JACKSON, Miss. – When a four-wheeler flips or a tornado touches down in a rural area, it’s the first hands on the scene – those of a volunteer firefighter, a local police officer, perhaps a state trooper — that can make the difference between a victim living or dying.
Their ability to use technology to communicate with emergency dispatchers and get professional medical care started is paramount, but for many, training is limited.
A program developed by the University of Mississippi Medical Center to provide that education for first responders isn’t just a resource for the state. It’s being recognized as a model for the nation.
The U.S. Department of Homeland Security is boosting UMMC’s ongoing First Hands program with a $2 million grant to carry out a rural emergency medical communications demonstration pilot project. The goal: Enhance emergency communications and response capabilities, and help develop a national emergency communications plan by using existing technology.
“It’s a marriage that is perfect to promote medical care in rural America and to solve mortality challenges throughout the country,” said Dr. Damon Darsey, UMMC assistant professor of emergency medicine and medical director for the Mississippi Center for Emergency Services.
“Mississippi has one of the most state-of-the-art radio systems in the country. We have an academic medical center that is forward-leaning here and trains responders,” Darsey said. “This allows us to have that radio system combined with the desire of this facility to improve medical care throughout the state.”
First Hands was developed over the last three years by UMMC’s emergency services team to improve the statewide public safety communications system and to extend its use to better support rural medical care and communications, Darsey said. That system includes nearly 30,000 public safety users of the Mississippi Wireless Information Network mobile radio system, known as MSWIN.
First Hands will develop and implement the training programs for the funded initiative, the Rural Emergency Medical Communications Demonstration Project. The grant was announced Tuesday by U.S. Sen. Thad Cochran of Mississippi.
“When you have a volunteer firefighter, law enforcement or non-medical professional pull up on an accident in the middle of nowhere, they get there first. The professional responders arrive behind them. It’s a layered system,” Darsey said.
“The program will allow these people to get training on how to collect data and communicate findings early in the process – to provide the best care possible, but also communicate that care downstream so that whatever hospital the patient goes to will have the best information possible.”
That training will include how those first hands can use their own radios to better communicate what they see, and “to communicate through whatever means they have to improve the response of the professional responders who are on their way,” Darsey said.
“They’re the first people to touch the patients,” he said. “One of the ways we will improve mortality is to improve those who provide the first care. Not everyone can go to medical school or paramedic school, but we can give them as much information as possible and provide them with the training, communication and quality assurance.”
Bolton Police Chief Michael Williams and his nine police officers respond to accidents in their rural west Hinds County corner – most of them caused by motor vehicles, four-wheelers and farm equipment. “Normally, we’re the first ones there,” Williams said. “Any accident, we get it, and then we make the 911 call.”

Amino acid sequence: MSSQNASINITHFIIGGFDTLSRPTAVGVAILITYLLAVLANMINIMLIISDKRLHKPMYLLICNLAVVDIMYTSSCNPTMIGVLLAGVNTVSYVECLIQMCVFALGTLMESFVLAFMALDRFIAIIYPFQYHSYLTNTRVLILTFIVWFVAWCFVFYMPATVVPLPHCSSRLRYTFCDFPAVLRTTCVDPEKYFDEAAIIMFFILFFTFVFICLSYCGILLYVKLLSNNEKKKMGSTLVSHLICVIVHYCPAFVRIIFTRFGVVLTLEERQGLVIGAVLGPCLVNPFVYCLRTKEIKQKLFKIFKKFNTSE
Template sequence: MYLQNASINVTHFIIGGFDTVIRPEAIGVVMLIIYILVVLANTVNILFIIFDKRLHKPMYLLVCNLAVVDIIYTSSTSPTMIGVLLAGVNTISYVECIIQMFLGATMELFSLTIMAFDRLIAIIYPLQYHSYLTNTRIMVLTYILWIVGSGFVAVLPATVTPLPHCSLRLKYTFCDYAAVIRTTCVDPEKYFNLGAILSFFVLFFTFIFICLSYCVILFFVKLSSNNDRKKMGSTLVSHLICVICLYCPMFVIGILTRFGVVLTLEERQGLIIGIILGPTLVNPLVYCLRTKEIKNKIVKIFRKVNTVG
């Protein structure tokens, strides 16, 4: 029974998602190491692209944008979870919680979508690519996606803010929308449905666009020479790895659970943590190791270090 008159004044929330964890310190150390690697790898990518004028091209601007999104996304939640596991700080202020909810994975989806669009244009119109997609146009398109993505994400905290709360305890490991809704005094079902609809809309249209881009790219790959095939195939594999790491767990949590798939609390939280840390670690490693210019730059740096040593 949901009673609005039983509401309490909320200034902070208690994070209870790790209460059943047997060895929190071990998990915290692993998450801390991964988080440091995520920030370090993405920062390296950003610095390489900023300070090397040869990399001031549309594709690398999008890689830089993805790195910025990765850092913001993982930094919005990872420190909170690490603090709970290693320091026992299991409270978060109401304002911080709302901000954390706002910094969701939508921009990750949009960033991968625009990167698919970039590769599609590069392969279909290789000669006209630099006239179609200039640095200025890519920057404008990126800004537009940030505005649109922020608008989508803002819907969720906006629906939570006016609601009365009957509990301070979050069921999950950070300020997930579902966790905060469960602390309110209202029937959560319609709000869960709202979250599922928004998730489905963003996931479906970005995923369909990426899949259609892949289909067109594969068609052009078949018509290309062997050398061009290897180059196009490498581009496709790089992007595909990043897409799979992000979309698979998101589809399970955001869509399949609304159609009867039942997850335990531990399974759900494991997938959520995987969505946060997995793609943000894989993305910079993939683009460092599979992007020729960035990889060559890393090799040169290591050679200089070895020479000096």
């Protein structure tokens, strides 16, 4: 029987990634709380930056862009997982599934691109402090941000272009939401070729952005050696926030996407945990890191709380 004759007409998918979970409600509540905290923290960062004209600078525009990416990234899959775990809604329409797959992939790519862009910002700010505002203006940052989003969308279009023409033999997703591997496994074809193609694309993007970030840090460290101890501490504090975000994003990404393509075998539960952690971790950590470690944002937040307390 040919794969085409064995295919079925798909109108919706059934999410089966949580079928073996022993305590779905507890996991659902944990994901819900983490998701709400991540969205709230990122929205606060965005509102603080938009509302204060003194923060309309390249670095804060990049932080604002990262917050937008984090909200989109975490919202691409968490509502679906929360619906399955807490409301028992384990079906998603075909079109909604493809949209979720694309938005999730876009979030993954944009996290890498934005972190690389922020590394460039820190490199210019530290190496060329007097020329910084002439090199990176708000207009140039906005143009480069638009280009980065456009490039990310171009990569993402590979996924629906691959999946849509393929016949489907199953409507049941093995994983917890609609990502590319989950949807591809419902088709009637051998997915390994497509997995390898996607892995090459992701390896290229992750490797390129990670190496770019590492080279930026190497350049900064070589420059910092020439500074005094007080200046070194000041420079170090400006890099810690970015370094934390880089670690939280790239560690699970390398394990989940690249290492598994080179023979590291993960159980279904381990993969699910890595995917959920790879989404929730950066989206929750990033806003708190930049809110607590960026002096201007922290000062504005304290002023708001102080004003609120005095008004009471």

Enhanced communication and medical training, Williams said, would greatly benefit his officers. “Most have had first aid and CPR, but not beyond that,” he said.
Coordination of communication is key, said Dr. Alan Jones, professor and chair of the Department of Emergency Medicine. “Any time you can improve communication from the time of entry into the medical care system all the way through, you will improve the patient’s experience and care,” he said. “This training will help get all of the potential medical care providers on the same page of communication.
“It also helps us have a handle on what we are dealing with so that if we need to push resources, or to talk a responder through some intervention or steps that can help the patient, then at least we’re communicating at the most proximal point.”
Walnut Mayor Vicki Skinner has been a member of her Tippah County town’s volunteer fire department for more than 25 years. “My dad helped to start the department 56 years ago,” she said.
She knows the feeling of being the first responder on the scene. “We’re 20 minutes from Ripley and 20 minutes from Corinth,” she said. “We’re right in the middle of nowhere.”
Her department is fortunate enough to have three paramedics among its 32 members. “We’d be willing to do any additional training. We’re at the intersection of highways 72 and 15, and we have a lot of bad accidents. Our communications system has been struck by lightning, and it’s not as good as it needs to be. Our radios could always be better.”
The grant money won’t be used to purchase radio communication equipment, but the training it funds “helps us get all of the individuals on the MSWIN network so that everyone can talk to each other on the same frequency and in the same way,” Jones said.
“Not only are we using the public safety training through the Medical Center and emergency communications partnerships through MSWIN, but we can collect data on how the technology is used. That can help us better predict ways to provide resources to all rural communities.”
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